Gambling is the act of wagering something of value, such as money or possessions, on a random event that has an uncertain outcome. It is a form of risk-taking, and it often involves the use of skill, but the chance element remains central to the process. Some forms of gambling are more socially acceptable than others; for example, players in lottery games may pay a small amount to enter a draw and receive something of value in return, such as a car or a house.
Some people gamble for a thrill or to escape from everyday stressors, while others may be influenced by family members or friends who are compulsive gamblers. Some people also become addicted to gambling as a way of coping with mental health issues such as depression and anxiety. In addition, there is a strong link between gambling and financial crises. Many of these problems can be addressed through treatment and self-help.
It is important to note that any type of gambling can be addictive and cause harm if it becomes out of control. If you are concerned about your own gambling behaviour or the behaviour of someone close to you, you can speak to a professional for help and support.
The term “gambling disorder” is most commonly used to refer to pathological gambling (PG). This condition is defined as a pattern of persistent and recurrent maladaptive behavior involving the compulsion to gamble despite its harmful consequences. It is estimated that 0.4-1.6% of Americans meet the criteria for a PG diagnosis, with men more likely to develop a PG problem and starting to gamble earlier in life.
People who have a PG diagnosis report problems with strategic or face-to-face types of gambling, such as poker or blackjack, as well as nonstrategic or less interpersonally interactive forms of gambling like slot machines or bingo. They often start to gamble in adolescence or young adulthood and continue to gamble for several years. Those who develop a PG diagnosis tend to have high-risk ancestry and may be predisposed to the disorder by genetic, biological, environmental, or cognitive factors.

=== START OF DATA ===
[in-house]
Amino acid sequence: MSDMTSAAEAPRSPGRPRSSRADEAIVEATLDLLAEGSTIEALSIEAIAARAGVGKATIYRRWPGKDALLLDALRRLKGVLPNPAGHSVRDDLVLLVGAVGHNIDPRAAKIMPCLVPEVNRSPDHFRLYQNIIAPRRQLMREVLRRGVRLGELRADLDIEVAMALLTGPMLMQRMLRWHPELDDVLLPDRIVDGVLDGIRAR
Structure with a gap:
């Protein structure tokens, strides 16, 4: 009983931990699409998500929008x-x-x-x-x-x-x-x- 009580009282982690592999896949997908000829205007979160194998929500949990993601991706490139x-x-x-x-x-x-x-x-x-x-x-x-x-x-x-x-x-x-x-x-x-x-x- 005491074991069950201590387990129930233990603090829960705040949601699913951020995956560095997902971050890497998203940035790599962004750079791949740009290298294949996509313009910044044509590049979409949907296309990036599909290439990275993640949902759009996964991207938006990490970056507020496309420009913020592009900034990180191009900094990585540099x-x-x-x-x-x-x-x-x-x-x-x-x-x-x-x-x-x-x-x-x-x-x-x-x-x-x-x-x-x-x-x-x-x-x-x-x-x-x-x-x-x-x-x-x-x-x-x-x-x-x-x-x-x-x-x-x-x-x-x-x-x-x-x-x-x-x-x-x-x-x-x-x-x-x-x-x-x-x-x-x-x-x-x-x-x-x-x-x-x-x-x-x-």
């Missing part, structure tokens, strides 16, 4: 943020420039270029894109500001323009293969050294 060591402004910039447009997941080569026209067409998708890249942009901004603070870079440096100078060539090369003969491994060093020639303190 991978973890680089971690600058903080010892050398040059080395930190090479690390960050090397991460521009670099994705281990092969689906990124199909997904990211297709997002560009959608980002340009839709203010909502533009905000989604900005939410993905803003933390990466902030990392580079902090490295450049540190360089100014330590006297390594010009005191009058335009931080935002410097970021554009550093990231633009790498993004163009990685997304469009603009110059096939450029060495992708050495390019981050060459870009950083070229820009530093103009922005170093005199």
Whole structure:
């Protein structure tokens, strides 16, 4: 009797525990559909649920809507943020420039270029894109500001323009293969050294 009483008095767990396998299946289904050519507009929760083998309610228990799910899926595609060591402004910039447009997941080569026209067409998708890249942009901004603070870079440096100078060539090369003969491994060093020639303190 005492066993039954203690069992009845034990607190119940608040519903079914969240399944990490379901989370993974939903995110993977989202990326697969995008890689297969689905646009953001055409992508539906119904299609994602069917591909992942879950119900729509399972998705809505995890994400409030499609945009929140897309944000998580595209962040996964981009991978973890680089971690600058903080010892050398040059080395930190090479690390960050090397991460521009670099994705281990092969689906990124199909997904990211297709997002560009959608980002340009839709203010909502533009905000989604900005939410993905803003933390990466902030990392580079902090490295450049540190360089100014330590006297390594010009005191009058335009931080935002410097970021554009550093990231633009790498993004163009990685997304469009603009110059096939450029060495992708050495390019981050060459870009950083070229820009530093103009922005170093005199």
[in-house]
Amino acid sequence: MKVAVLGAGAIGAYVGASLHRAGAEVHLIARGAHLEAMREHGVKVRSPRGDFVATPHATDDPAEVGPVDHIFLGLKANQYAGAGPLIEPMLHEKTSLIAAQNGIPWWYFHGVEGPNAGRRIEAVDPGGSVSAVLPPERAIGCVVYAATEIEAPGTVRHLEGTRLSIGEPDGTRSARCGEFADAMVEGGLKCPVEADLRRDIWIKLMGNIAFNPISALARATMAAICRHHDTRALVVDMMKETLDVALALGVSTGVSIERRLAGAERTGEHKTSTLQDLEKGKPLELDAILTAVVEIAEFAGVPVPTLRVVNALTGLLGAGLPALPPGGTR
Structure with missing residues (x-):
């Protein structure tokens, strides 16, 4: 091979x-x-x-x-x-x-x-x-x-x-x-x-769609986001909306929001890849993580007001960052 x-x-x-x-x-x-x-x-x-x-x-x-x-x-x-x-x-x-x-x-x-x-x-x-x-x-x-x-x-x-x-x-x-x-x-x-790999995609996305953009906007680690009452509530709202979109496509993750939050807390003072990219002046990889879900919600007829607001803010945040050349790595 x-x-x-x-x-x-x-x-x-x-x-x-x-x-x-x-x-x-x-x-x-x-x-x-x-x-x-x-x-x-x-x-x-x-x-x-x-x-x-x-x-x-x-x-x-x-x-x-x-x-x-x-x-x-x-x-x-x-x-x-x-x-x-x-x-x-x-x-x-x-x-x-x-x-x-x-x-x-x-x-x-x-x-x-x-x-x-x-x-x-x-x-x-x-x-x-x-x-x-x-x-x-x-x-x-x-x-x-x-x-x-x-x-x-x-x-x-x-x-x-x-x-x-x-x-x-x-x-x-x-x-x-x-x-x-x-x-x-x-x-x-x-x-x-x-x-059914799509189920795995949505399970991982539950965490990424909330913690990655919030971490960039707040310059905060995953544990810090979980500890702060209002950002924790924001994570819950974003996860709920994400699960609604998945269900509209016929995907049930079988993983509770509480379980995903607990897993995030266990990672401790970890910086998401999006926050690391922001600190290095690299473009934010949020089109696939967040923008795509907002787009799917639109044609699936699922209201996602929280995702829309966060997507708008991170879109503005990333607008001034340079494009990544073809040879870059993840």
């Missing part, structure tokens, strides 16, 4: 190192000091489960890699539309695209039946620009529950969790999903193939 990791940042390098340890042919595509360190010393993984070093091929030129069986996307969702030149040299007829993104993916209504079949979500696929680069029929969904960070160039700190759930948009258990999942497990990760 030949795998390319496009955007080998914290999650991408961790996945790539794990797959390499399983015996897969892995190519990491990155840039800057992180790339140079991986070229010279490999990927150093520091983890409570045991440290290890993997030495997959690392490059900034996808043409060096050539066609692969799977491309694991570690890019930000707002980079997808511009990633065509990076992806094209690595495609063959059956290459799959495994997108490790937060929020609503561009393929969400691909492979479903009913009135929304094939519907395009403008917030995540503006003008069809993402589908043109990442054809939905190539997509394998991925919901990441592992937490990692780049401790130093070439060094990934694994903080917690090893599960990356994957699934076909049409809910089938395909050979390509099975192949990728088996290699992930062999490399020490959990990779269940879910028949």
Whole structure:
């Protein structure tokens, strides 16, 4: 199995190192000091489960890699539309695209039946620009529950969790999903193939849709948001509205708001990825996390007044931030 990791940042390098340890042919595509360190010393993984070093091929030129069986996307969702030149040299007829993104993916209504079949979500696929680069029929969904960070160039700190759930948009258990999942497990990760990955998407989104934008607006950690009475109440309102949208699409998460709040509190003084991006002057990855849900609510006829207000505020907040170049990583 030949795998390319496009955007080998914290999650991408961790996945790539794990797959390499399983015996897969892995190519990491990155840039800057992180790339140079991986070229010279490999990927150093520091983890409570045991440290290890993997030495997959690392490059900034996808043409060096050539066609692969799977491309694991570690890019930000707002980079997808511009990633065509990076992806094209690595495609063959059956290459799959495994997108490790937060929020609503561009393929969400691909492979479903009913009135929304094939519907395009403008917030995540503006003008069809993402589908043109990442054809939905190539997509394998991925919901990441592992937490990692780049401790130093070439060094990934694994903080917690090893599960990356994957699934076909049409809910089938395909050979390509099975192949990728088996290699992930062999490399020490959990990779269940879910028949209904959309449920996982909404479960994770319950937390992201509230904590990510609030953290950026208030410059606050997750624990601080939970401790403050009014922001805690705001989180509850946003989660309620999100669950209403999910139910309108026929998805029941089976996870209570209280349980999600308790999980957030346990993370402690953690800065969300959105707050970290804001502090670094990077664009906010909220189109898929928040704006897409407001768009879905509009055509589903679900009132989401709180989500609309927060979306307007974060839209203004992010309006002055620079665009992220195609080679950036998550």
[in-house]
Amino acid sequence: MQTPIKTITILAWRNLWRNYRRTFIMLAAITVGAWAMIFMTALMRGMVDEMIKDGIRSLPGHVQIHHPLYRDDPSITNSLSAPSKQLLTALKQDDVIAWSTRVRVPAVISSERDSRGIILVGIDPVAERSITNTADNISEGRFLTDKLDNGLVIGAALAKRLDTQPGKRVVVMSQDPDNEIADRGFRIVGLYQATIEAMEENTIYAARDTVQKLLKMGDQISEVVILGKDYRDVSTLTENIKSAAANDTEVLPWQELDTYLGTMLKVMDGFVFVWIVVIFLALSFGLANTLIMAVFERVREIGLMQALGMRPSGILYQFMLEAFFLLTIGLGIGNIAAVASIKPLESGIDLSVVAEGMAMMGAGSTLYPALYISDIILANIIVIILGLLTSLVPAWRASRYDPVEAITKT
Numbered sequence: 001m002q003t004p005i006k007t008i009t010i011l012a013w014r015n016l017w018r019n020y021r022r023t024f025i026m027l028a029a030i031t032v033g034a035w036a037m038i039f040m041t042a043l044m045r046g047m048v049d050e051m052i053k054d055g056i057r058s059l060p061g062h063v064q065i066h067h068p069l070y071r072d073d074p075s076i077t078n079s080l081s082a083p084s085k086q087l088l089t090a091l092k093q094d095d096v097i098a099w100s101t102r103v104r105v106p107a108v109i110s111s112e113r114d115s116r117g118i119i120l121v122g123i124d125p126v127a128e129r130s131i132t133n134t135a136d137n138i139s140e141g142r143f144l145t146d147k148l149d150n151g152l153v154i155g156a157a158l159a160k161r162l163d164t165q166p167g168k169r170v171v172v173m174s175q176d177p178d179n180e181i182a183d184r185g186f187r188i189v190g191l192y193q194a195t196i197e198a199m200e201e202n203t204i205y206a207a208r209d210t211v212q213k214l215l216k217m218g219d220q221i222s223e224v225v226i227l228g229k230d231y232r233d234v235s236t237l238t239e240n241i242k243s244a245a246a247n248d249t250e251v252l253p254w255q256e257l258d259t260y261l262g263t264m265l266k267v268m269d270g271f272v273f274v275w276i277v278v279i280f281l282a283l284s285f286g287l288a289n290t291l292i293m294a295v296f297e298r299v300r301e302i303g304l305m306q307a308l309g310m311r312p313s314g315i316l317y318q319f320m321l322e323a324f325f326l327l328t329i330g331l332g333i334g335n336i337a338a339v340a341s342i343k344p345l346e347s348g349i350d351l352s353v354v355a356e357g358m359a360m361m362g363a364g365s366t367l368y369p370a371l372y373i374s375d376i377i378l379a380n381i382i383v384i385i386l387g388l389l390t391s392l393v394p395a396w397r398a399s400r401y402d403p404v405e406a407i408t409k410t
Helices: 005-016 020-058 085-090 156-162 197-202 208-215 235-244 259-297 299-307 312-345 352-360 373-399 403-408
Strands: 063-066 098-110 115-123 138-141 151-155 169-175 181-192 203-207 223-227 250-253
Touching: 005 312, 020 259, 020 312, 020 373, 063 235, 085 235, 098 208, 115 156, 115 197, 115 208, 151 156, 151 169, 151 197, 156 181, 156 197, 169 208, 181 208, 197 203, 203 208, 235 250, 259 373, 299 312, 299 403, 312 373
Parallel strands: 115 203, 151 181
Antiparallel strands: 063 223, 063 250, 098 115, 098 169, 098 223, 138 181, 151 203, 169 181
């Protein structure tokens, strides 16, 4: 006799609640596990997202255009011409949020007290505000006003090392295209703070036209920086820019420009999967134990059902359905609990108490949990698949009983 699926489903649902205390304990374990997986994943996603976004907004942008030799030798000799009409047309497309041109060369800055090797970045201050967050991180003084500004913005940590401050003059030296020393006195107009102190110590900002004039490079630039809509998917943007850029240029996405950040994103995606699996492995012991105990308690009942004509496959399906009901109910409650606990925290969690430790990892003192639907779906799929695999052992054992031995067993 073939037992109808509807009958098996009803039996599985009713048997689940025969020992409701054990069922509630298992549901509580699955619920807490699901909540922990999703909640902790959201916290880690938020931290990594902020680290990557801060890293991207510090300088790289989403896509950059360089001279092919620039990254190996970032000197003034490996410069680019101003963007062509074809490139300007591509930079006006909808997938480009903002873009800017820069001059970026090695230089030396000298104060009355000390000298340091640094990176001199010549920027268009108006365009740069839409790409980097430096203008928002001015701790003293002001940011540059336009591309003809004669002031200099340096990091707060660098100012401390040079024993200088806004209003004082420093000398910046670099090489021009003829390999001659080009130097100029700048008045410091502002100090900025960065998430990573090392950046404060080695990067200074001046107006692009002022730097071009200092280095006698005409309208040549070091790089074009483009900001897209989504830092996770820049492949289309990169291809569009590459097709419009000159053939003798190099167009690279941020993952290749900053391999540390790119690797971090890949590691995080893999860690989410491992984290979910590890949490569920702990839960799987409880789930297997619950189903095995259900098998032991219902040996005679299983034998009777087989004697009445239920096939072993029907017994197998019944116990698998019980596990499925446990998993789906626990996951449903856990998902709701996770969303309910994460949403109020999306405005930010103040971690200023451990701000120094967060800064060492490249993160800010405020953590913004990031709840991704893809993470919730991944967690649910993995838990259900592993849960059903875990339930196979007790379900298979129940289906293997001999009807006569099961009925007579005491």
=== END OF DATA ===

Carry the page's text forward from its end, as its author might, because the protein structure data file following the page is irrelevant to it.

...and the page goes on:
Although there are no medications for a gambling disorder, some people find that counselling can help them to overcome their addiction. Counselling is most often conducted using cognitive behavioural therapy, which looks at beliefs about gambling and how they affect a person’s thoughts and feelings. It can also help a person to consider alternative ways of coping and deal with their stressors.
In addition to a counseling service, there are several organisations that offer support, assistance and advice for those who have a gambling disorder or concern about the gambling habits of a friend or family member. These organisations include The Responsible Gambling Council, StepChange and the GamCare website.